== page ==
here have posted, but there are a couple details that are important:
Preheat oven to at least 450 degrees. I leave the broiler off because
I like to sear the steak in the pan.
Heat a cast iron frying pan  on medium-high heat. Don't let it get
to smoking, you want it to be just at the point where a drop of water
will dance on it.
Add a liberal amount of butter, about 2 tablespoons or a quarter
stick. Wait for it to stop foaming. Don't wait until it starts
smoking, butter burns easily.
Add steak, pepper and salt side down. Sear for one minute.
Turn and quickly put the whole pan in the oven. Leave it in there 3-7
minutes depending on the starting temperature of the steak, its
Remove and let the steak settle for a couple minutes before eating.
If it's an unremarkable piece of meat, I usually spend this time by
deglazing the pan with minced shallots or garlic and a liberal amount
of the red wine I'm drinking with the steak. Reduce this down and
pour over the meat. Otherwise, just pour the butter and juices left
in the pan over the steak right before serving.
Alternatively, just heat up the broiler, salt and pepper the steaks
lightly and broil them about 5 minutes give or take. Melt a little
butter with some chopped fresh parsley and pour over the steaks.
Cooking times are VERY approximate: you just have to get a feel for
the size of steak you like, the typical temperature in your kitchen
(if you let the steak get to room temperature, and this is the only
way you'll get consistency), how hot your oven actually gets, how rare
you like your steak, etc. Acquire this feel with grocery-store
I'm conservative in what I drink with steak: a nice cabernet, usually.
Once in a while a merlot. I'm not much of a wine snob: I mostly drink
cheap South American reds from Trader Joe's. If I'm in the mood for
beer, one of the better microbrew pale ales. Full Sail is nice and
widely available. Imported beer is always stale on the west coast,
and usually stale on the east coast too. You'll pay an arm and a leg
for fresh imported beer from a specialty shop, and the better US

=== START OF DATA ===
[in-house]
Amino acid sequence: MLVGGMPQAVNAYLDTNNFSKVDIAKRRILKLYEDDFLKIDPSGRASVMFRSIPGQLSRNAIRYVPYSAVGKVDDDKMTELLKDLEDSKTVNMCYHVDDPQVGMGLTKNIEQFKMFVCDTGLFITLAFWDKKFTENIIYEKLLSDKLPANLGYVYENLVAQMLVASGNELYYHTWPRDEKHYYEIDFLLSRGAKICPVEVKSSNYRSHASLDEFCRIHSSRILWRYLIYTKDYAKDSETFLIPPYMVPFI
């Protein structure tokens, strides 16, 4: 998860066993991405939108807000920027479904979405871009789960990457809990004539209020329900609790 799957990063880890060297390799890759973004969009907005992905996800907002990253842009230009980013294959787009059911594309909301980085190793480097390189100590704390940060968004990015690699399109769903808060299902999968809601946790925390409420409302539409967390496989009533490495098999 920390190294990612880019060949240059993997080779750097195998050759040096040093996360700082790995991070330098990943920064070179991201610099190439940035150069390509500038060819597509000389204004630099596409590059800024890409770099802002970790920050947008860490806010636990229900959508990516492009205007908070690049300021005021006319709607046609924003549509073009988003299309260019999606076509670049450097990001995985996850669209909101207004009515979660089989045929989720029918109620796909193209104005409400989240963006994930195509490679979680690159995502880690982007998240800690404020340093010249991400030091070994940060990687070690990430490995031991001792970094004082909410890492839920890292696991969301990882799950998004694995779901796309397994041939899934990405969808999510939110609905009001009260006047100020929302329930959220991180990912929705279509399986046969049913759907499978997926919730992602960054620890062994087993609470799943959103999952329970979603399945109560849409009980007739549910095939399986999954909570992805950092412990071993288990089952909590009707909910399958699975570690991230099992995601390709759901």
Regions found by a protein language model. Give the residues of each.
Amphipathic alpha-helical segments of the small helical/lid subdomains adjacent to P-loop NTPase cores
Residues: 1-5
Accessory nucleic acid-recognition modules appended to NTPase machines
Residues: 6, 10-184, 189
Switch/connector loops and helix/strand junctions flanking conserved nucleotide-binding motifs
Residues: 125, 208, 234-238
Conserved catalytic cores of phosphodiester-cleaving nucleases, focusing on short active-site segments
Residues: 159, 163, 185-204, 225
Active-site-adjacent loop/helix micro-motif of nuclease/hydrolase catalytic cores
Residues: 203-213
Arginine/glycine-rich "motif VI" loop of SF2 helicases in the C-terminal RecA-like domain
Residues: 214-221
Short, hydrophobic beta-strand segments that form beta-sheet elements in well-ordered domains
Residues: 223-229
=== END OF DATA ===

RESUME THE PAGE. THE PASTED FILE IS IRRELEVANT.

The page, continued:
microbrews are usually more interesting.
What else to eat with steak? I like to start with sliced tomatoes
with blue cheese, or a fresh salad with a nice vinaigrette. If I'm
really hungry, Trader Joe's carries french onion soup frozen in
individual portions---better than you can do at home without making
your own stock from scratch, and a lot less fuss. Soup or salad is
best eaten while the steak is being prepared, or before. Steamed
broccoli or asparagus with lemon juice and butter. Red potatoes with
parsley and butter. You get the idea.
Cook tuna steaks the same way but reduce cooking time drastically to
keep it RARE. Grocery-store ahi tuna is usually decent, too.
Experiment with other fish steaks; I've had interesting results with
inexpensive shark steaks.
Steak is tricky; don't serve steak to guests you want to impress
unless you fix first-quality steak often enough to get it perfect
 If you order steak at a restaurant cooked past medium rare, you're
likely to get the dregs of their freezer.
 Lodge is crap, but if you're buying new, it's what you'll probably
be stuck with. What you really want is a cast iron frying pan with a
machined flat cooking surface. Look at your Lodge pan---see that
nubbly cooking surface? The best cast iron pans have a smooth flat
surface. Used to be they didn't really cost any more, either, you
just had to look a bit longer for them. These days, you probably have
to try thrift stores, junk stores, yard sales, etc.